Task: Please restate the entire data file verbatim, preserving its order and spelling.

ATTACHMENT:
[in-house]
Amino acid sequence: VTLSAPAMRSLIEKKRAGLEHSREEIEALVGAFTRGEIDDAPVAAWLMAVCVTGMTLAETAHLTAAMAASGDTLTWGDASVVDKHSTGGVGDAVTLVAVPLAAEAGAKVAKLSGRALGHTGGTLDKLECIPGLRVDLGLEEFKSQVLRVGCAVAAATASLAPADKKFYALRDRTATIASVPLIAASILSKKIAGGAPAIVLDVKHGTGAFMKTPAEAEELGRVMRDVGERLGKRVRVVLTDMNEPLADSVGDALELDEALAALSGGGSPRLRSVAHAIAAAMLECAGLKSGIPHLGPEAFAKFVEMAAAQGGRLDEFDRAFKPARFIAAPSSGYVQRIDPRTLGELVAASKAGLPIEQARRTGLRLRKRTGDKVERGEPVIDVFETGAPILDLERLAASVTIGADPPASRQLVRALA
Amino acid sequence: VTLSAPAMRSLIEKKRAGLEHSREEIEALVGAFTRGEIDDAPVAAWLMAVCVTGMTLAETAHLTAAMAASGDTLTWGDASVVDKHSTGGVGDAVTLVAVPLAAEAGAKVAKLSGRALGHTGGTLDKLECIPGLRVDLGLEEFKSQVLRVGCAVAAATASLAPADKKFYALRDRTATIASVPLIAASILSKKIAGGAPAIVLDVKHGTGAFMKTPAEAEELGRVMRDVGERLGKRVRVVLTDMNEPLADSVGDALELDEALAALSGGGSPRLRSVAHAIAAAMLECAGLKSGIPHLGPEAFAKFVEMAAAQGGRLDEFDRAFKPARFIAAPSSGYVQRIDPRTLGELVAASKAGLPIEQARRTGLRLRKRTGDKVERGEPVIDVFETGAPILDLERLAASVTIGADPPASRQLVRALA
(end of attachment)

[in-house]
Amino acid sequence: VTLSAPAMRSLIEKKRAGLEHSREEIEALVGAFTRGEIDDAPVAAWLMAVCVTGMTLAETAHLTAAMAASGDTLTWGDASVVDKHSTGGVGDAVTLVAVPLAAEAGAKVAKLSGRALGHTGGTLDKLECIPGLRVDLGLEEFKSQVLRVGCAVAAATASLAPADKKFYALRDRTATIASVPLIAASILSKKIAGGAPAIVLDVKHGTGAFMKTPAEAEELGRVMRDVGERLGKRVRVVLTDMNEPLADSVGDALELDEALAALSGGGSPRLRSVAHAIAAAMLECAGLKSGIPHLGPEAFAKFVEMAAAQGGRLDEFDRAFKPARFIAAPSSGYVQRIDPRTLGELVAASKAGLPIEQARRTGLRLRKRTGDKVERGEPVIDVFETGAPILDLERLAASVTIGADPPASRQLVRALA
Amino acid sequence: VTLSAPAMRSLIEKKRAGLEHSREEIEALVGAFTRGEIDDAPVAAWLMAVCVTGMTLAETAHLTAAMAASGDTLTWGDASVVDKHSTGGVGDAVTLVAVPLAAEAGAKVAKLSGRALGHTGGTLDKLECIPGLRVDLGLEEFKSQVLRVGCAVAAATASLAPADKKFYALRDRTATIASVPLIAASILSKKIAGGAPAIVLDVKHGTGAFMKTPAEAEELGRVMRDVGERLGKRVRVVLTDMNEPLADSVGDALELDEALAALSGGGSPRLRSVAHAIAAAMLECAGLKSGIPHLGPEAFAKFVEMAAAQGGRLDEFDRAFKPARFIAAPSSGYVQRIDPRTLGELVAASKAGLPIEQARRTGLRLRKRTGDKVERGEPVIDVFETGAPILDLERLAASVTIGADPPASRQLVRALA